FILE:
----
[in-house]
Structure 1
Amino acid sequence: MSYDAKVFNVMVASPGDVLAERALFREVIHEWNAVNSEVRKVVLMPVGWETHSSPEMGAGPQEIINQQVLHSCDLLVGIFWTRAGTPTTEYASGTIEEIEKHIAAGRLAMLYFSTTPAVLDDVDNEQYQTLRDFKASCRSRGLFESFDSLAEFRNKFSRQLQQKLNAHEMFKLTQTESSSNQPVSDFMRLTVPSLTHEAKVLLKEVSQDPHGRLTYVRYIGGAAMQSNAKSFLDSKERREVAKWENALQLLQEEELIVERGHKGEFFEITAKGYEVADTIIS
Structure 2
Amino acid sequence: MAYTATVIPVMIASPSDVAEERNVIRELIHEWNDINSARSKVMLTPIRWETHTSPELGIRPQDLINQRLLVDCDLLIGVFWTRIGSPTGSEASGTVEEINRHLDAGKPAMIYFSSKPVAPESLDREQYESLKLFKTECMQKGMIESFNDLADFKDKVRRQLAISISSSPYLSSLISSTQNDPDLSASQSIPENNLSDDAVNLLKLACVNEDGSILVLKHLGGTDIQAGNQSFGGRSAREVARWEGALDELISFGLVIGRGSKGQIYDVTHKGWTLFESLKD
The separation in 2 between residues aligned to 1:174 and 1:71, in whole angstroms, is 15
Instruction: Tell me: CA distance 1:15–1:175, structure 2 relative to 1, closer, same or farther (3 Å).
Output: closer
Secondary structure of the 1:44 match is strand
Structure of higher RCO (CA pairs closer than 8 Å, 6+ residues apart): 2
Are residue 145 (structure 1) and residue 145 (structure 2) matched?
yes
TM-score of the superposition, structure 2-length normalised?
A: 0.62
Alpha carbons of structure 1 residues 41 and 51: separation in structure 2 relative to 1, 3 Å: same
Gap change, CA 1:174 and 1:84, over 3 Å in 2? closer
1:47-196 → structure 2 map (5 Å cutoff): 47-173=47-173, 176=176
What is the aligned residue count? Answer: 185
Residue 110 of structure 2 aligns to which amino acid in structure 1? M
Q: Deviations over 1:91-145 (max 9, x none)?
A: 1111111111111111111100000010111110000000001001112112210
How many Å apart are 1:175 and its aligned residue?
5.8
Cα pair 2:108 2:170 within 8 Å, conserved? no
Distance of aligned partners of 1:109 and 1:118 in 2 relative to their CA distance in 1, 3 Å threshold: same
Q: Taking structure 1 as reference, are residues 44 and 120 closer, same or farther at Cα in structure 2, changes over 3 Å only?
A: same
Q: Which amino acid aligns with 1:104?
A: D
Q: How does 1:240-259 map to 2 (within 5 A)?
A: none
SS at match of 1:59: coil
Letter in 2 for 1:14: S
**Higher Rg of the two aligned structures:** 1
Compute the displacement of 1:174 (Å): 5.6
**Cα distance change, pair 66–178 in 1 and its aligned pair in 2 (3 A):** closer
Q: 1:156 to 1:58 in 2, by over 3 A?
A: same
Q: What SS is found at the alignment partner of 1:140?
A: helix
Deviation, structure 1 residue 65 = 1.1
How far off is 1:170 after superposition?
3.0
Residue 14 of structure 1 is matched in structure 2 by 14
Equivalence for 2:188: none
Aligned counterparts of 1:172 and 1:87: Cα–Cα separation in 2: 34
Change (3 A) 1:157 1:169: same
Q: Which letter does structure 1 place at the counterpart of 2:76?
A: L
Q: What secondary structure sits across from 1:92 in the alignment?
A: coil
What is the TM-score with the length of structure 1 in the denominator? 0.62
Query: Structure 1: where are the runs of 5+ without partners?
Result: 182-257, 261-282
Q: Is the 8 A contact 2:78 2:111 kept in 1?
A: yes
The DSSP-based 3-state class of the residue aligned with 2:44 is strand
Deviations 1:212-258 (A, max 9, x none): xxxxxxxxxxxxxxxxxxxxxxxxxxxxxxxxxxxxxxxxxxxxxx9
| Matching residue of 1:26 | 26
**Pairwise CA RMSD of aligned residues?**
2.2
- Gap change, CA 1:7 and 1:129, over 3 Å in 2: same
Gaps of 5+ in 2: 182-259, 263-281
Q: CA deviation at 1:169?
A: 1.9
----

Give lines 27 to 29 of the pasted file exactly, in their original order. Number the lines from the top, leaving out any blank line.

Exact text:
A: same
Q: Which amino acid aligns with 1:104?
A: D